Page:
One of the interesting aspects of NASCAR is that it is both a team and individual sport.
There's only one driver in the car but countless people put in the work at the body shop, engine shop, on pit road and atop the pit box. Not to mention people who sell the sponsorship to get the money to get the equipment to get speed and results.
So that's why we celebrate Hendrick Motorsports' 200th win. Because it's not only a win for Jimmie Johnson and Rick Hendrick, it's a win from A to Z in that organization, something special that countless people have been involved in for nearly 30 years.
If you didn't know (then you better recognize), Johnson's Southern 500 win on Saturday was the 200th for the organization, meaning it joins the now-defunct Petty Enterprises (separate from the current Richard Petty Motorsports) as teams to reach the 200-win plateau.
To put it in perspective, only three other teams have even reached 100 wins: Junior Johnson's team (132 wins), Roush Fenway Racing (127) and Richard Childress Racing (100).
Fifteen different drivers have won Cup races for Hendrick, from Jeff Gordon and Johnson, who have combined for more than 70 percent of those wins, to drivers such as Casey Mears and Jerry Nadeau, who each won one apiece.
Among the other four teams with 100 wins, only Johnson's teams had more than 10 drivers win. Petty and Roush each had eight, and Childress seven.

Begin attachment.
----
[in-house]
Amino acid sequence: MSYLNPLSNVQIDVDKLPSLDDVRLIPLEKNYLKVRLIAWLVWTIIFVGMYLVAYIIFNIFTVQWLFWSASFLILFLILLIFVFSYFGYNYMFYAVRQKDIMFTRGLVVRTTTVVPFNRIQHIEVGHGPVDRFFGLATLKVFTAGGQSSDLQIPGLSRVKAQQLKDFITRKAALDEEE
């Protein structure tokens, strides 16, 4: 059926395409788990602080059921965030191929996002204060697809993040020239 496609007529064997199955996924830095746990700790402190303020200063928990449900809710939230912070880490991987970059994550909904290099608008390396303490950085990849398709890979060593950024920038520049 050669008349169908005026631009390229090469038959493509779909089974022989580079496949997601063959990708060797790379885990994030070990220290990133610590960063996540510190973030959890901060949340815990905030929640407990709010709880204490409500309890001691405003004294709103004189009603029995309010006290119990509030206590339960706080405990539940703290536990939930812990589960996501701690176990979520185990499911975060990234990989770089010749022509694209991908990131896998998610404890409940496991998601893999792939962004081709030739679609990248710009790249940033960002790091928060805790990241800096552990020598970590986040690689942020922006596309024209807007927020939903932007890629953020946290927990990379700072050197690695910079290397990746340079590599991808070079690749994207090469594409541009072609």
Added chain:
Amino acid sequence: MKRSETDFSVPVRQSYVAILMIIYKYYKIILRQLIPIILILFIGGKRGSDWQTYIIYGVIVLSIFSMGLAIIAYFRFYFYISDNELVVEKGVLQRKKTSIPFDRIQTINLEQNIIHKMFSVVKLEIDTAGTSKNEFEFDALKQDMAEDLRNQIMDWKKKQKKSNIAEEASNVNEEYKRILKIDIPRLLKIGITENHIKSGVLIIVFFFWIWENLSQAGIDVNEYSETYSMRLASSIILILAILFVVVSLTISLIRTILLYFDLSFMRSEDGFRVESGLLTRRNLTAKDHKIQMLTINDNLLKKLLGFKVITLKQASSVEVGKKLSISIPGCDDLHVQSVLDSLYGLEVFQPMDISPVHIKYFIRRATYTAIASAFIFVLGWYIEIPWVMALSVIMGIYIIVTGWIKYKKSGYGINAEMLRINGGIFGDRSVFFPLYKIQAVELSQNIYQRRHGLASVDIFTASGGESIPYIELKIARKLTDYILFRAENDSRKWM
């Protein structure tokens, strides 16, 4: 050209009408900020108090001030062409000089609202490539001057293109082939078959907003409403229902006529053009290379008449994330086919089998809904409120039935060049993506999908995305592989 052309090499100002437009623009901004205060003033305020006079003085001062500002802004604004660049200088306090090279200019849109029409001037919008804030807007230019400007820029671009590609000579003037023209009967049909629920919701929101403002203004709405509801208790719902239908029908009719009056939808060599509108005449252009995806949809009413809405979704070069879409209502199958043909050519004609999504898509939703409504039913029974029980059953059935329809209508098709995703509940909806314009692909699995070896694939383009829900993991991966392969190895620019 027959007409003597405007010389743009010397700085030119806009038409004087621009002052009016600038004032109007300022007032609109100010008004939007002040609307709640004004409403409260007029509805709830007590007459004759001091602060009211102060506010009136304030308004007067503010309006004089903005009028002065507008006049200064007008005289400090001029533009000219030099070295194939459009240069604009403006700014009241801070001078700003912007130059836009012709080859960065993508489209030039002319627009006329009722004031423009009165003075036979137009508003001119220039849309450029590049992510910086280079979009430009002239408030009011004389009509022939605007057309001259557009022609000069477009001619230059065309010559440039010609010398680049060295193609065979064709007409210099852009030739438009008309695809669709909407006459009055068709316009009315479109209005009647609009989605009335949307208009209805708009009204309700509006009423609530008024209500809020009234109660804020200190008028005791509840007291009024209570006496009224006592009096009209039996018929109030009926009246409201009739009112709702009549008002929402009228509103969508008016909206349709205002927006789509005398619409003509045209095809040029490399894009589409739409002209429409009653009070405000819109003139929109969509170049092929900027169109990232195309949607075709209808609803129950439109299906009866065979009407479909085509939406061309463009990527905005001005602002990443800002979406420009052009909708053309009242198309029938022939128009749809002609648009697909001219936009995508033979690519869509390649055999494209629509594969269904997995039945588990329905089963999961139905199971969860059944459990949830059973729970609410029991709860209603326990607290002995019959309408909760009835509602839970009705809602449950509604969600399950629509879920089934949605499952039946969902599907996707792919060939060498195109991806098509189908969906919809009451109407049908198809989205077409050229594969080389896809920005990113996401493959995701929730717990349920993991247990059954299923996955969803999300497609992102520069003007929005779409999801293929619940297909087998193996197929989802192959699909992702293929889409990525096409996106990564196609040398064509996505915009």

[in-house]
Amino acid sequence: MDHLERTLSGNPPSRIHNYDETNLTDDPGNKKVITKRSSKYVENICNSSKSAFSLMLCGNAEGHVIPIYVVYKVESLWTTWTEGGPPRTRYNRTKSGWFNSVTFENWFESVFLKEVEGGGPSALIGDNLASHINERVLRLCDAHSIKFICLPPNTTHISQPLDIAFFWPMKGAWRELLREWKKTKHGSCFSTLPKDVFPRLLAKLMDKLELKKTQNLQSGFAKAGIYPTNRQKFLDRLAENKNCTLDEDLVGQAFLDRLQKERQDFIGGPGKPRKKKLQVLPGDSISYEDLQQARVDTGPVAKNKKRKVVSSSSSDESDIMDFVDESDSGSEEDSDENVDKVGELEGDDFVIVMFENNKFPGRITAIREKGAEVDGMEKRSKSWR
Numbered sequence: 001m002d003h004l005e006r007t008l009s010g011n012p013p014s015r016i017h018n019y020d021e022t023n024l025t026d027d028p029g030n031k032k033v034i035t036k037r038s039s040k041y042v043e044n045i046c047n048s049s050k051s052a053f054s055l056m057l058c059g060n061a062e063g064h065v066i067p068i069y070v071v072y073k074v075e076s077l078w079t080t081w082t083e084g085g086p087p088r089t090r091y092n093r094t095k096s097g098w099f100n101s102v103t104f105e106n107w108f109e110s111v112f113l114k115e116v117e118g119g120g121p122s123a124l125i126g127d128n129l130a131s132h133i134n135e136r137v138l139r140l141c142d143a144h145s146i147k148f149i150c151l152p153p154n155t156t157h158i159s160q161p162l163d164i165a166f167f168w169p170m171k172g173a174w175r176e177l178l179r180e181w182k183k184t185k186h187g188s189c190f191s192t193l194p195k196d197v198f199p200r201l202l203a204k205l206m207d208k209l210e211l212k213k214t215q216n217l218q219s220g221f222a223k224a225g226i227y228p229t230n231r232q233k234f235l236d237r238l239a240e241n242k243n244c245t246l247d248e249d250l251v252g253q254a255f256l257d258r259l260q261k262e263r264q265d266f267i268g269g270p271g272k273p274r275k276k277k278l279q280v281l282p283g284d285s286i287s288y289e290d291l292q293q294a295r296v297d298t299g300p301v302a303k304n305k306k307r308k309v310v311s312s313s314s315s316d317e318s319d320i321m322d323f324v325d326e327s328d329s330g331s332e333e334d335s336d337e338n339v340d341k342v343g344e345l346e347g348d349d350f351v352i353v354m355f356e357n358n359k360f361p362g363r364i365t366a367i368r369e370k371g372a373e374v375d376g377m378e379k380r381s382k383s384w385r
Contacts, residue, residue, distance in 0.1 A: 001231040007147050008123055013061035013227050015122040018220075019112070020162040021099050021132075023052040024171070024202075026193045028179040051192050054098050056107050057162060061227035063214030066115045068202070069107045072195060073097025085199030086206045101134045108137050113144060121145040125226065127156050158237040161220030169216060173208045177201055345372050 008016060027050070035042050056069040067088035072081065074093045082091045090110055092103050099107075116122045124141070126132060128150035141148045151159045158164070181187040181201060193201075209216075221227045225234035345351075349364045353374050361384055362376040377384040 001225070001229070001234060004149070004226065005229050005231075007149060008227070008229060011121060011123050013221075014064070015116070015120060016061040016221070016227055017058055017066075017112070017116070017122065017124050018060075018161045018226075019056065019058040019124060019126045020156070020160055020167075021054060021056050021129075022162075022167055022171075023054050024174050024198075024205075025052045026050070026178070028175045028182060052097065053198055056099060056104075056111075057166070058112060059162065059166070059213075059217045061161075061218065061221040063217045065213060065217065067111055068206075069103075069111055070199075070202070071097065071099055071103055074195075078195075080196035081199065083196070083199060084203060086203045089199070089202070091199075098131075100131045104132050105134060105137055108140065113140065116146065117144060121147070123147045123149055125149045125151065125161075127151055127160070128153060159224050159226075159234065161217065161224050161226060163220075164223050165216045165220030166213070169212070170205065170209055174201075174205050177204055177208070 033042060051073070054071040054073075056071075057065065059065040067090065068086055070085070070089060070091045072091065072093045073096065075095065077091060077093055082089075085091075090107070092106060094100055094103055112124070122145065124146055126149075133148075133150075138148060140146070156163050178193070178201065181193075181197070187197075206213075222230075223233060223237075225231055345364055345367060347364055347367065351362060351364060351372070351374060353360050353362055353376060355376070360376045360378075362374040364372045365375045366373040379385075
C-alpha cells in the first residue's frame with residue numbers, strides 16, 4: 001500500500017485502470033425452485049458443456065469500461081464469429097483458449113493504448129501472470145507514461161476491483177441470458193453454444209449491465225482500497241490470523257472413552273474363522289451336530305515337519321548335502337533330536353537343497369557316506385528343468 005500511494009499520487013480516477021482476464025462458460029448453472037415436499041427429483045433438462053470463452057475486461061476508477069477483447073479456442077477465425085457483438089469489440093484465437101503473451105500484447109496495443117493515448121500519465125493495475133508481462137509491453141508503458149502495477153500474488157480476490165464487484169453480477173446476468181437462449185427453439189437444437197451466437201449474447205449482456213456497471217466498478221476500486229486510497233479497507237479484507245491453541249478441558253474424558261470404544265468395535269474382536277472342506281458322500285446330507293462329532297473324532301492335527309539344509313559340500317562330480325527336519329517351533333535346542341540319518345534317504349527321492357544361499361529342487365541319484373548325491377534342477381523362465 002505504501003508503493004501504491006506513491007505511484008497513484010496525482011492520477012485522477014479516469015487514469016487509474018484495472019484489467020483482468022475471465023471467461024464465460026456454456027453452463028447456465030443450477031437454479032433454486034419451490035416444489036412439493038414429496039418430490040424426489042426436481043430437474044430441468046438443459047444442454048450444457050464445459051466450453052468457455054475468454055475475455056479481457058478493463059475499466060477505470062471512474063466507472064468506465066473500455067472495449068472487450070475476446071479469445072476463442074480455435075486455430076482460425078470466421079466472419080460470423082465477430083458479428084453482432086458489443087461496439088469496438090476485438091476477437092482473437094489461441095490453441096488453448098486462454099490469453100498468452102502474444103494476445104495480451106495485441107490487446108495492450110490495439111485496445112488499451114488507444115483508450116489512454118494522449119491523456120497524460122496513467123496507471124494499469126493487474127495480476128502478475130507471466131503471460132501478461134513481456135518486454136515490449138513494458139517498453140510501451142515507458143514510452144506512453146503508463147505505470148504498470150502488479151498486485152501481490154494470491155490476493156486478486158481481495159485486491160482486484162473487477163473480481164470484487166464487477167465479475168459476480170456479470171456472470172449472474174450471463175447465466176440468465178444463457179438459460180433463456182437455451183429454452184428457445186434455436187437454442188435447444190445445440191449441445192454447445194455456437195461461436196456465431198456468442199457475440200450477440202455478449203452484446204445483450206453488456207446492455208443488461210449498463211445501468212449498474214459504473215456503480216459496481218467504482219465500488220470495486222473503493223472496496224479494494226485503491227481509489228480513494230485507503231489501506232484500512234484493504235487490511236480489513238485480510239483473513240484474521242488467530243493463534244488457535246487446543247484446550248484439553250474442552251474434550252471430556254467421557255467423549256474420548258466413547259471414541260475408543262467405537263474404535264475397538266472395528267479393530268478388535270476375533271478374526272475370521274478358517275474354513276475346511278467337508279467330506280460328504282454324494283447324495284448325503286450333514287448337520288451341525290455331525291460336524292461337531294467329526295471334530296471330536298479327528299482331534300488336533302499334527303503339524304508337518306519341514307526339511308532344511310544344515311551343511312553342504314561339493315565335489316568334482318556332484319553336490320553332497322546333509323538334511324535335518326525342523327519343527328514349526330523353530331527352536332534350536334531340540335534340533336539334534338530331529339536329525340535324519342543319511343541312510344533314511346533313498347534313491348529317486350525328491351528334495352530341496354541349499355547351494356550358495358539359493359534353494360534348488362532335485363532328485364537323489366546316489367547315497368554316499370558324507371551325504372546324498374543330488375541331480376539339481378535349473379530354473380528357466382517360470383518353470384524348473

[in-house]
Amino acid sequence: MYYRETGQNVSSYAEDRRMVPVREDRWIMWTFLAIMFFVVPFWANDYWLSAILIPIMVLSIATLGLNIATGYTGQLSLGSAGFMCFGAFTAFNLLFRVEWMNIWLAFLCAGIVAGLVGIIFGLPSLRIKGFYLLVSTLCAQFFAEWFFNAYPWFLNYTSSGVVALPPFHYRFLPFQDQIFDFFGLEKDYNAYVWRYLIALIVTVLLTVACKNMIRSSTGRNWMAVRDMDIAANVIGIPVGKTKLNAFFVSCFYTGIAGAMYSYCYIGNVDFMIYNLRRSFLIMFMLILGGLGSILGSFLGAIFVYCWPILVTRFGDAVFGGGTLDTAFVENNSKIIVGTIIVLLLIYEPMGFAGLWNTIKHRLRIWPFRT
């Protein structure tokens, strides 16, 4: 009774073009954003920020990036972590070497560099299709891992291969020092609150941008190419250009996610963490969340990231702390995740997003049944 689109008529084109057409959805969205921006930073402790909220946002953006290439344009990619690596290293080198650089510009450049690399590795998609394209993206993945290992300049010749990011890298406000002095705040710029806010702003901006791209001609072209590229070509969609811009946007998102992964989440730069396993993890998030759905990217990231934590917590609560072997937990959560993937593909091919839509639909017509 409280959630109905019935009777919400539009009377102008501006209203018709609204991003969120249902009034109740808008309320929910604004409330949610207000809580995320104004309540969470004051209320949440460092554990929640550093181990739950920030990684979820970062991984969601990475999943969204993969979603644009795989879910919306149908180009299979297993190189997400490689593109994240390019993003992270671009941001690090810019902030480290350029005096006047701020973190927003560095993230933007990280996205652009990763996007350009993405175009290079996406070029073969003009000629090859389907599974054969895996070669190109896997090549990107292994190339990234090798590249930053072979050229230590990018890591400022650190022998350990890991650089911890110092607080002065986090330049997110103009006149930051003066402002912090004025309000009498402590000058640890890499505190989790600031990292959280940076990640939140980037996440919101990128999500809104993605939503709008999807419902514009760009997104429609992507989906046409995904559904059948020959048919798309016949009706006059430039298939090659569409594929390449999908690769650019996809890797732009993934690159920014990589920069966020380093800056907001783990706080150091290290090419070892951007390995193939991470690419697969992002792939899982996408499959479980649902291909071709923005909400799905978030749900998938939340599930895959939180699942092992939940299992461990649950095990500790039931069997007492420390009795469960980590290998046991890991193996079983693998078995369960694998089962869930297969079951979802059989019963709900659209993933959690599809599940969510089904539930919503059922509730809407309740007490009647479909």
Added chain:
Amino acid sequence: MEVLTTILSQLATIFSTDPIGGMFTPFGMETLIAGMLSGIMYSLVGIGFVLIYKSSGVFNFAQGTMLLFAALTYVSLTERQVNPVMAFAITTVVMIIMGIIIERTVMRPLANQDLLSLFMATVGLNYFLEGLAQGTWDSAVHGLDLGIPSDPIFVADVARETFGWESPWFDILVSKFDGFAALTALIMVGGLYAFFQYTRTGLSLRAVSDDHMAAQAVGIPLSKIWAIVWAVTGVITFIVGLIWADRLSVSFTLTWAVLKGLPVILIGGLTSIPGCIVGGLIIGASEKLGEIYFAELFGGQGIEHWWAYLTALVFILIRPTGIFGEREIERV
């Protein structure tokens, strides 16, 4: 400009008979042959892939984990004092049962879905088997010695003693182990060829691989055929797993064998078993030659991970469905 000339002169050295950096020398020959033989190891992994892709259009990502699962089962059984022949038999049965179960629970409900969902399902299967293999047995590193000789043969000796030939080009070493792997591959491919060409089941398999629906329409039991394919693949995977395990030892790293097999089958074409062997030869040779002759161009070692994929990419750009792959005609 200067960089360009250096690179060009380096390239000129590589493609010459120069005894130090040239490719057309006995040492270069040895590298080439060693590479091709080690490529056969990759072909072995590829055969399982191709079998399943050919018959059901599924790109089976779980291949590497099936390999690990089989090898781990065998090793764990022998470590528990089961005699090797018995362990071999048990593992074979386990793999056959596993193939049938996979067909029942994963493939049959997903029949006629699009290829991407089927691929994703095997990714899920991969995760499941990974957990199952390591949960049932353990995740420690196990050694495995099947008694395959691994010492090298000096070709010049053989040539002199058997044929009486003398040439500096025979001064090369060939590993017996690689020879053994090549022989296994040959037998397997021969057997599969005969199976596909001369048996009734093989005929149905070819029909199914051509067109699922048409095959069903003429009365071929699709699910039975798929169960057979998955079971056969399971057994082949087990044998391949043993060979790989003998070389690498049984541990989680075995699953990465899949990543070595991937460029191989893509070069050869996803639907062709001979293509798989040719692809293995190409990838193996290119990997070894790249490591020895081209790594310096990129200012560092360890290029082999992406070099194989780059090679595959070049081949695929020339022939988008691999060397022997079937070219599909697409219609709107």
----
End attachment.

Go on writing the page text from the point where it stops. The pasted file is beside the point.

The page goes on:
Trivia break: After Gordon and Johnson, which driver had the most wins for Hendrick?
Feels Like The First Time
NASCAR Sultan of Stats Mike Forde sent out an incredible stat sheet of everything you wanted or wished to know about Hendrick Motorsports' 200 victories.
In there is a breakdown of every driver who got his first win for Hendrick Motorsports, eight drivers total.
But I dug a little deeper, embraced my inner dork and referred to a spreadsheet to find out that it's the most first-time winners in Cup history by any team.
Take the other two active teams with more than 100 wins. Seven of the eight drivers to win for Roush Fenway had never won before, while five of the seven winners for Richard Childress Racing picked up their first win for RCR.
Trivia break: Who is the only driver to win for Roush Fenway Racing who had previously won for another team?
But Something On Johnson
Johnson's win moved him past Rusty Wallace into sole possession of eighth all time with 56 Cup wins.
This, of course, begs the question of how high Johnson can get on the all-time wins list.
It's fun to speculate but tough to figure out which numbers to speculate with.
For his career, Johnson's win percentage is around 15 percent, which equates to 5.4 wins per 36-race season. But he's won only three of 47 starts over the past two seasons, a 6.4 percentage and 2.3 wins per season.
From there, I'll let you draw your own conclusion, but let's pick a point in the middle which accounts for declining numbers as his career goes on, let's say 3.5 wins per season for the rest of his career.
Once again, highly speculative, but let's say he drives until he's 45, since not everyone is Mark Martin. So he'll retire after the 2020 season.
My speculation puts him between 86 and 87 wins -- enough to move past Jeff Gordon's current mark ahead of all but Richard Petty and David Pearson.
Trivia break: Who is next on Johnson's checklist, the driver seventh all time in Cup wins?
Trivia Break Answers
1. Terry Labonte won 12 races, the only other driver in double digits.
2. Jamie McMurray won for Chip Ganassi before going to Roush Fenway.
3. Dale Earnhardt is seventh with 76 wins, still 20 ahead of Johnson.